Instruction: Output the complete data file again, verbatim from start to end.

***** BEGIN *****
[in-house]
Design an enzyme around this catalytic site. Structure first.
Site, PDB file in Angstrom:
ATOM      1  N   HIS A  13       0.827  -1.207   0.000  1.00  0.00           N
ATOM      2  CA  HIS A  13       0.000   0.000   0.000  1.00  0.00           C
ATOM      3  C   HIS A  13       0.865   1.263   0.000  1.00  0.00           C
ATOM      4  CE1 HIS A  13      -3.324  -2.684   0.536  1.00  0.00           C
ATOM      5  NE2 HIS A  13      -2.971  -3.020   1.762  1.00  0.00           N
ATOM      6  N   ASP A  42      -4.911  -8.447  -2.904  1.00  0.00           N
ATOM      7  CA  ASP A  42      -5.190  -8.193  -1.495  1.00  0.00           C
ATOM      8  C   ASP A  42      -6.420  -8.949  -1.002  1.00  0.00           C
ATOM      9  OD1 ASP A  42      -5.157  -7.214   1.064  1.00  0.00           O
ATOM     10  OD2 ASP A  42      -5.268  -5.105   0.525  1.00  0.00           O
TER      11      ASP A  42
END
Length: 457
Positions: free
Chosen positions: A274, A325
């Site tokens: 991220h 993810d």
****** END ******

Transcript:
[in-house]
Design an enzyme around this catalytic site. Structure first.
Site, PDB file in Angstrom:
ATOM      1  N   HIS A  13       0.827  -1.207   0.000  1.00  0.00           N
ATOM      2  CA  HIS A  13       0.000   0.000   0.000  1.00  0.00           C
ATOM      3  C   HIS A  13       0.865   1.263   0.000  1.00  0.00           C
ATOM      4  CE1 HIS A  13      -3.324  -2.684   0.536  1.00  0.00           C
ATOM      5  NE2 HIS A  13      -2.971  -3.020   1.762  1.00  0.00           N
ATOM      6  N   ASP A  42      -4.911  -8.447  -2.904  1.00  0.00           N
ATOM      7  CA  ASP A  42      -5.190  -8.193  -1.495  1.00  0.00           C
ATOM      8  C   ASP A  42      -6.420  -8.949  -1.002  1.00  0.00           C
ATOM      9  OD1 ASP A  42      -5.157  -7.214   1.064  1.00  0.00           O
ATOM     10  OD2 ASP A  42      -5.268  -5.105   0.525  1.00  0.00           O
TER      11      ASP A  42
END
Length: 457
Positions: free
Chosen positions: A274, A325
């Site tokens: 991220h 993810d």